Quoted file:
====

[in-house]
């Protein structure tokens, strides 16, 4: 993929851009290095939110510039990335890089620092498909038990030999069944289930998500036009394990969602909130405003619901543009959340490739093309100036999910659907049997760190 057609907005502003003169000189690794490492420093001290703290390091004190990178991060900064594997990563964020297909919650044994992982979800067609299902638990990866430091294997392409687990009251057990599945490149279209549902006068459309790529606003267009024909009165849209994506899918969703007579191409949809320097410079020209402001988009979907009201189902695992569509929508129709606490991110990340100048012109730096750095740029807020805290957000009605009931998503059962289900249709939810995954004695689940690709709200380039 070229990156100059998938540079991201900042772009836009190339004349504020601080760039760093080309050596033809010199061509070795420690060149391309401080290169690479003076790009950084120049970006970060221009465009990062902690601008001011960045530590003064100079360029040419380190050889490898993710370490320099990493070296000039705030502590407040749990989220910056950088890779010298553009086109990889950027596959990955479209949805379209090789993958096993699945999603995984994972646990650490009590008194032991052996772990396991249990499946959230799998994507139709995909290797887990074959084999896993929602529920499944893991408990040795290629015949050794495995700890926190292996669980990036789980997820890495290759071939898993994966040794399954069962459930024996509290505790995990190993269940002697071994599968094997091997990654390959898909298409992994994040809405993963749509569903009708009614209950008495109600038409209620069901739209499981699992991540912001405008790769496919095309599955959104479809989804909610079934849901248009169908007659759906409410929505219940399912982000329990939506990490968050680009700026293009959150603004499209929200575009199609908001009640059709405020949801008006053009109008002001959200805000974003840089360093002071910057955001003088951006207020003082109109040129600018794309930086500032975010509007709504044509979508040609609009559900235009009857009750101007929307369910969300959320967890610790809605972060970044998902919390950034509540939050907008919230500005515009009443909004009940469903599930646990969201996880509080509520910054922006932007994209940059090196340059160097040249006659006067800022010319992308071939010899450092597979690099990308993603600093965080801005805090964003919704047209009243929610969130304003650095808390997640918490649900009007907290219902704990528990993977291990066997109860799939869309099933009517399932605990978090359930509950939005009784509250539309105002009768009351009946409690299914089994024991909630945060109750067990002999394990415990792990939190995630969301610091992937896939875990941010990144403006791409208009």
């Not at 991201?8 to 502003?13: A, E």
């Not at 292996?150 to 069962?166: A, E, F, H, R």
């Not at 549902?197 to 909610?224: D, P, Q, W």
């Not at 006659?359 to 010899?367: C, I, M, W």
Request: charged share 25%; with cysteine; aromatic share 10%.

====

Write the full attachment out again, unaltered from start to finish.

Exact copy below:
[in-house]
């Protein structure tokens, strides 16, 4: 993929851009290095939110510039990335890089620092498909038990030999069944289930998500036009394990969602909130405003619901543009959340490739093309100036999910659907049997760190 057609907005502003003169000189690794490492420093001290703290390091004190990178991060900064594997990563964020297909919650044994992982979800067609299902638990990866430091294997392409687990009251057990599945490149279209549902006068459309790529606003267009024909009165849209994506899918969703007579191409949809320097410079020209402001988009979907009201189902695992569509929508129709606490991110990340100048012109730096750095740029807020805290957000009605009931998503059962289900249709939810995954004695689940690709709200380039 070229990156100059998938540079991201900042772009836009190339004349504020601080760039760093080309050596033809010199061509070795420690060149391309401080290169690479003076790009950084120049970006970060221009465009990062902690601008001011960045530590003064100079360029040419380190050889490898993710370490320099990493070296000039705030502590407040749990989220910056950088890779010298553009086109990889950027596959990955479209949805379209090789993958096993699945999603995984994972646990650490009590008194032991052996772990396991249990499946959230799998994507139709995909290797887990074959084999896993929602529920499944893991408990040795290629015949050794495995700890926190292996669980990036789980997820890495290759071939898993994966040794399954069962459930024996509290505790995990190993269940002697071994599968094997091997990654390959898909298409992994994040809405993963749509569903009708009614209950008495109600038409209620069901739209499981699992991540912001405008790769496919095309599955959104479809989804909610079934849901248009169908007659759906409410929505219940399912982000329990939506990490968050680009700026293009959150603004499209929200575009199609908001009640059709405020949801008006053009109008002001959200805000974003840089360093002071910057955001003088951006207020003082109109040129600018794309930086500032975010509007709504044509979508040609609009559900235009009857009750101007929307369910969300959320967890610790809605972060970044998902919390950034509540939050907008919230500005515009009443909004009940469903599930646990969201996880509080509520910054922006932007994209940059090196340059160097040249006659006067800022010319992308071939010899450092597979690099990308993603600093965080801005805090964003919704047209009243929610969130304003650095808390997640918490649900009007907290219902704990528990993977291990066997109860799939869309099933009517399932605990978090359930509950939005009784509250539309105002009768009351009946409690299914089994024991909630945060109750067990002999394990415990792990939190995630969301610091992937896939875990941010990144403006791409208009």
């Not at 991201?8 to 502003?13: A, E």
């Not at 292996?150 to 069962?166: A, E, F, H, R």
């Not at 549902?197 to 909610?224: D, P, Q, W």
């Not at 006659?359 to 010899?367: C, I, M, W």
Request: charged share 25%; with cysteine; aromatic share 10%.